2 weeks ago
  • Education is for everyone, not just the elite
    Proposals by the National Party to ration access to higher education will once again make it a privilege only available to the elite, Labour’s Education spokesperson Chris Hipkins says. “Speaking at the Education Select Committee, Maurice Williamson let the National ...
    2 weeks ago
  • Cancer support changes far too little, certainly late
    Anne Tolley’s belated backtrack to finally allow Jobseeker clients suffering from cancer to submit only one medical certificate to prove their illness fails to adequately provide temporary support for people too sick to work, says Labour’s Social Development spokesperson Carmel ...
    2 weeks ago
  • Kids must come first in enrolment debate
    The best interests of children should be the major driver of any change to policies around initial school enrolments, not cost cutting or administrative simplicity, Labour’s Education spokesperson Chris Hipkins says.   “The introduction of school cohort entry is ...
    2 weeks ago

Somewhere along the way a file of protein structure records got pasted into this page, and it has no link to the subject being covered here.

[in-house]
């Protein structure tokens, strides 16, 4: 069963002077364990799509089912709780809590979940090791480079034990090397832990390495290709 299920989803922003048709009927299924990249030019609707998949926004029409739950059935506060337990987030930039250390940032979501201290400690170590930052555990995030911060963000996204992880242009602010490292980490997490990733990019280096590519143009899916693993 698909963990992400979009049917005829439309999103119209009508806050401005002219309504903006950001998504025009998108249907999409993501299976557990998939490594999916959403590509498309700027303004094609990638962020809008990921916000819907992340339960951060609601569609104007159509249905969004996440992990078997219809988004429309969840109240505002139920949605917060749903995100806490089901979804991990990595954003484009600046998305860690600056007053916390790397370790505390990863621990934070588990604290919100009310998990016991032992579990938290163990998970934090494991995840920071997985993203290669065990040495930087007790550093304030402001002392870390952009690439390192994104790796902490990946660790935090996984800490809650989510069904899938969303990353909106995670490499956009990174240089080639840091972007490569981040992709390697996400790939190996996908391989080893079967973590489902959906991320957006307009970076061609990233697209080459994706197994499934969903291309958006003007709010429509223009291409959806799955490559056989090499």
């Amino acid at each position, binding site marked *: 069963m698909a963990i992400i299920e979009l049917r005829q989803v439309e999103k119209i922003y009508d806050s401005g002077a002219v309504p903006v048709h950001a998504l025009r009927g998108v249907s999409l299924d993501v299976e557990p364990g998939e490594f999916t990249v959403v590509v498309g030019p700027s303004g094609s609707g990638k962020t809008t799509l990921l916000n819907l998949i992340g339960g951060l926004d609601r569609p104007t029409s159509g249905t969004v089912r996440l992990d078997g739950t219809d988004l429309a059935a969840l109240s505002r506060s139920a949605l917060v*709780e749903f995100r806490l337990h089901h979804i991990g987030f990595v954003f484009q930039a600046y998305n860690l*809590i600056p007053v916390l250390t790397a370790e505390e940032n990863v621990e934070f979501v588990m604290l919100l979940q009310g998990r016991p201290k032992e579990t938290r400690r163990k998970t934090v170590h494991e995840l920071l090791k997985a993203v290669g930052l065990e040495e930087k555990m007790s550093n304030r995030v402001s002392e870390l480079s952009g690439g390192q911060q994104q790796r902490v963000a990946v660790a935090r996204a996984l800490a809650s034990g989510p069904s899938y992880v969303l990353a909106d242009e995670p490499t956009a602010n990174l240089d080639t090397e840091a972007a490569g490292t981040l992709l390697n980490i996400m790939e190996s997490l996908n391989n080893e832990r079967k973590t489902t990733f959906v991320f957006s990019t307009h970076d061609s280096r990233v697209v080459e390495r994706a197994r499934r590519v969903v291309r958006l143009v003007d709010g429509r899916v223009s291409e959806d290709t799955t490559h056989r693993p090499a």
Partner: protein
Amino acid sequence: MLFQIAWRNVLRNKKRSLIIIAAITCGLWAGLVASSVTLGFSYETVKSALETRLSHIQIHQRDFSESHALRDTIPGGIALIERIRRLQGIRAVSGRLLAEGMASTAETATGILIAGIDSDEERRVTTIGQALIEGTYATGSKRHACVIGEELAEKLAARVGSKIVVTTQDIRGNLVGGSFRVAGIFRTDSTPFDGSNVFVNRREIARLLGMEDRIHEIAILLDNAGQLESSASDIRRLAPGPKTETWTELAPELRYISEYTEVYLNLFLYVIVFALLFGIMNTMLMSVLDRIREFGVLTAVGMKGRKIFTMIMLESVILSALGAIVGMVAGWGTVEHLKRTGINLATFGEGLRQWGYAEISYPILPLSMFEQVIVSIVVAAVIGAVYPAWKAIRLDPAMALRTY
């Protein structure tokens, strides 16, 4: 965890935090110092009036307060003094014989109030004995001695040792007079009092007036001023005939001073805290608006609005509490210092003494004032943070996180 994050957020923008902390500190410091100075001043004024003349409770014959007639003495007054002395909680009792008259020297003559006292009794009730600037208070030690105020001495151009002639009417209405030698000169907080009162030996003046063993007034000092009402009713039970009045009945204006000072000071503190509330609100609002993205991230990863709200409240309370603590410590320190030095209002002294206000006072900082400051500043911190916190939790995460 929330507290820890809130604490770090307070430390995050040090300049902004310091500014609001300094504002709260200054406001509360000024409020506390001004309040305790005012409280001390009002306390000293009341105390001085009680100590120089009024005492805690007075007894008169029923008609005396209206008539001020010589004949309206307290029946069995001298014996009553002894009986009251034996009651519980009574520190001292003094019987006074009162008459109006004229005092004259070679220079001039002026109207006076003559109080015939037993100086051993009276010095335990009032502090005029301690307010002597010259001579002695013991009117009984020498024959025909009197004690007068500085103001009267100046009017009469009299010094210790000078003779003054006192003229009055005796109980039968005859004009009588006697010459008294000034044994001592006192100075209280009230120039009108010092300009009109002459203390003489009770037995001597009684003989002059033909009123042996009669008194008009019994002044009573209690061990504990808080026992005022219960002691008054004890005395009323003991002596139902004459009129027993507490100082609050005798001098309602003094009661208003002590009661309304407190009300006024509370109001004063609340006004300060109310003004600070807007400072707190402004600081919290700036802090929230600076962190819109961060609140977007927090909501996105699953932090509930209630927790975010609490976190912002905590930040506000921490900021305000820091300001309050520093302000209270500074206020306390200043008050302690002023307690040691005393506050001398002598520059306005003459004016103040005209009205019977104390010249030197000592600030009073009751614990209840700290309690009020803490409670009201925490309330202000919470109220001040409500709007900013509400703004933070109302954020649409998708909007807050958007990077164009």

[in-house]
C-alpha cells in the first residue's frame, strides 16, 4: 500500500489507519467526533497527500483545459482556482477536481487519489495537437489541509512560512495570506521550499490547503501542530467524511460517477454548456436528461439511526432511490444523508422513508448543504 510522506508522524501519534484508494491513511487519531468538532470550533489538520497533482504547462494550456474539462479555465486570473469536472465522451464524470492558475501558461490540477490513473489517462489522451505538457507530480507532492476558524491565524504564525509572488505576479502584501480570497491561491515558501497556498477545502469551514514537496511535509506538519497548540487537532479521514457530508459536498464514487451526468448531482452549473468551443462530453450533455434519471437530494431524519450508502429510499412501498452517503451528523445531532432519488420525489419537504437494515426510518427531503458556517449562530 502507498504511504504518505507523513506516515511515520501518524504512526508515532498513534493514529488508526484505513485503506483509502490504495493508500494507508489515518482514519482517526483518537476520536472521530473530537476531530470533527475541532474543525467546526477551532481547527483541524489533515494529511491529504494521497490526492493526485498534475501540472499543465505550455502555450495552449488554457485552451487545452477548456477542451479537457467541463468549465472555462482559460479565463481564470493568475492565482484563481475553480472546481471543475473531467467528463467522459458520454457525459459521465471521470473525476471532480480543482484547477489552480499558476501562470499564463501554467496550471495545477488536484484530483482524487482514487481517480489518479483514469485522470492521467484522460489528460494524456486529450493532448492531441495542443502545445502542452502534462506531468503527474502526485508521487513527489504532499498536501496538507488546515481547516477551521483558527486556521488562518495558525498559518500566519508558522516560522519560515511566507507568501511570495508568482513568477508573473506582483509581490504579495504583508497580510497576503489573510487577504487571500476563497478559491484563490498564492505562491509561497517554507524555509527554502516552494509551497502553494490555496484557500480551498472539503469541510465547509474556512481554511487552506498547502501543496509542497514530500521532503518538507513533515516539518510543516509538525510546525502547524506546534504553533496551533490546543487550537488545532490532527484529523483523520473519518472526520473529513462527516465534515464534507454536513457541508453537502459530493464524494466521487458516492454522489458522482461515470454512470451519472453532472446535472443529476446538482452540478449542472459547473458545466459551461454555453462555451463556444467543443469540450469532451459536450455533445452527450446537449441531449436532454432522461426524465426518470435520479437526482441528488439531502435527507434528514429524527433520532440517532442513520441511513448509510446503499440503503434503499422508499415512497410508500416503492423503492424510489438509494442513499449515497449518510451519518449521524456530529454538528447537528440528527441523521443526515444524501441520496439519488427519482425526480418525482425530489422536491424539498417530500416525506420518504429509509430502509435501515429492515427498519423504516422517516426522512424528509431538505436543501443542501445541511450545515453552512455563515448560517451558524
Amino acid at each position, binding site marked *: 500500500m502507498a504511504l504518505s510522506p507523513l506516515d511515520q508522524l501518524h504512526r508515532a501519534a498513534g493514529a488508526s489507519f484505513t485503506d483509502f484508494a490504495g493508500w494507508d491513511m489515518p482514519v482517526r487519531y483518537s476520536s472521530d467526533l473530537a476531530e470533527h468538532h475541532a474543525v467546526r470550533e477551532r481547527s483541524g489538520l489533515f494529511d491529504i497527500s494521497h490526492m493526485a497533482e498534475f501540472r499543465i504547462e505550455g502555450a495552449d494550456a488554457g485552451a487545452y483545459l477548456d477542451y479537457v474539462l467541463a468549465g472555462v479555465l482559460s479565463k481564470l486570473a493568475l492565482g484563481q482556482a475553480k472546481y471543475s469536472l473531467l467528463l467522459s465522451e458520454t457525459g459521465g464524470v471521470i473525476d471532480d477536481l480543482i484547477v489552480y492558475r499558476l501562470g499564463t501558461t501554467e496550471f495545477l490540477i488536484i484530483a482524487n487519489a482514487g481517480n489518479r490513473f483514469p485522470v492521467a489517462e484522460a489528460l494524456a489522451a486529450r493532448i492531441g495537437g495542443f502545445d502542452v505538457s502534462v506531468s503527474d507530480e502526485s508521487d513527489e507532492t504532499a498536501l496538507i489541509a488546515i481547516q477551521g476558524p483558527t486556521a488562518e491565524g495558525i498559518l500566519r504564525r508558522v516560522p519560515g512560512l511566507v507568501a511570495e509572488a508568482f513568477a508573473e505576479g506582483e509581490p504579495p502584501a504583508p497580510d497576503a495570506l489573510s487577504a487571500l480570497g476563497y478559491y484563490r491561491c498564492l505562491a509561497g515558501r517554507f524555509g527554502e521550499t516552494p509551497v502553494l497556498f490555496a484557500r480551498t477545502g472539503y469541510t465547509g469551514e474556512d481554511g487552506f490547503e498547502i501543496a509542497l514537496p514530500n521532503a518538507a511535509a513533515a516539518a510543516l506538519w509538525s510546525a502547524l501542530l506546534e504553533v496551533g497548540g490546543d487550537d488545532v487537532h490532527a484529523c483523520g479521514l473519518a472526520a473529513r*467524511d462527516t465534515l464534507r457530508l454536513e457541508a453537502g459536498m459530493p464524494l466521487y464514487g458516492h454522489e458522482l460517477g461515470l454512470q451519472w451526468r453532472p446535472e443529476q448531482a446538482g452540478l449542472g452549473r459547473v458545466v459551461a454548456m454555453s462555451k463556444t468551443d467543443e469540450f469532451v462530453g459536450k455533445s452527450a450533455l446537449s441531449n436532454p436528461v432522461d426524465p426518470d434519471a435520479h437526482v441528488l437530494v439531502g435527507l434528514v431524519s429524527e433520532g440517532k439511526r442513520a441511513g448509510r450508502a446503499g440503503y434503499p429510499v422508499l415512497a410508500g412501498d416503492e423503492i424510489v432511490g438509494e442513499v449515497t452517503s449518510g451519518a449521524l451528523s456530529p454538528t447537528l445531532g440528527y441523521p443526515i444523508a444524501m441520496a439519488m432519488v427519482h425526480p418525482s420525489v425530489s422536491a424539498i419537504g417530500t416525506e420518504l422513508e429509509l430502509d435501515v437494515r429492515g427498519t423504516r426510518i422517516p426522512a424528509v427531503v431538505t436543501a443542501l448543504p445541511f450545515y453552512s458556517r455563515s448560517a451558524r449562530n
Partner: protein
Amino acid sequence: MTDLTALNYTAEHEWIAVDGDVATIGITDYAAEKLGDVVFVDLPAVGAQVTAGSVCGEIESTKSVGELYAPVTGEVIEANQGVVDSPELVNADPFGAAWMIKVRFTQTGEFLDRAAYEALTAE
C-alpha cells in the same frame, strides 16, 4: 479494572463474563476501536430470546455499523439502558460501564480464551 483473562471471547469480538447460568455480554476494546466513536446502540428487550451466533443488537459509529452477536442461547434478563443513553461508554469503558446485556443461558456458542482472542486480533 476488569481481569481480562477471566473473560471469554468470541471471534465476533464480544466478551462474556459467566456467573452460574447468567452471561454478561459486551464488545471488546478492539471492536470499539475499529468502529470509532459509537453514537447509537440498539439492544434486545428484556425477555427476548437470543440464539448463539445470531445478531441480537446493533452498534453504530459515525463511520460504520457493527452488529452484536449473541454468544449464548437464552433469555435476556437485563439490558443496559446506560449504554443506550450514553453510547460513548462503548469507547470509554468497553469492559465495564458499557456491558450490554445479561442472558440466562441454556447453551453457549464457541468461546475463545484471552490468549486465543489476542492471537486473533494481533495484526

• Feed the Kids
    While in Whangarei last week, I had the pleasure of meeting Buddhi Manta from the Hare Krishna movement whose cafe is making lunch for some schools in Whangarei. His group have been feeding up to 1,000 primary school kids at local ...
    GreensBy Catherine Delahunty
    2 weeks ago
  • DHBs’ big budget blowout
    New Zealand’s District Health Boards are now facing a budget deficit of nearly $90 million dollars, a significant blowout on what was forecast, says Labour’s Health spokesperson David Clark.   Labour believes health funding must grow to avoid further cuts ...
    2 weeks ago
  • Govt plays catch up on drug funding
    The Government's backdown on Pharmac is welcomed because previous rhetoric around the agency being adequately funded was just nonsense, says Labour's Health spokesperson David Clark. ...
    3 weeks ago
  • Labour to build affordable homes in Hamilton
    Labour will build 200 affordable KiwiBuild houses and state houses on unused government-owned land as the first steps in our plan to fix Hamilton’s housing crisis, says Leader of the Opposition Andrew Little. “We will build new houses to replace ...
    3 weeks ago
  • Mental Health waiting times a growing concern
    There is new evidence that the Mental Health system is under increasing strain with waiting times for young people to be seen by mental health and addiction services lengthening says Labour’s Health spokesperson David Clark.   “Following yesterday’s seat of ...
    3 weeks ago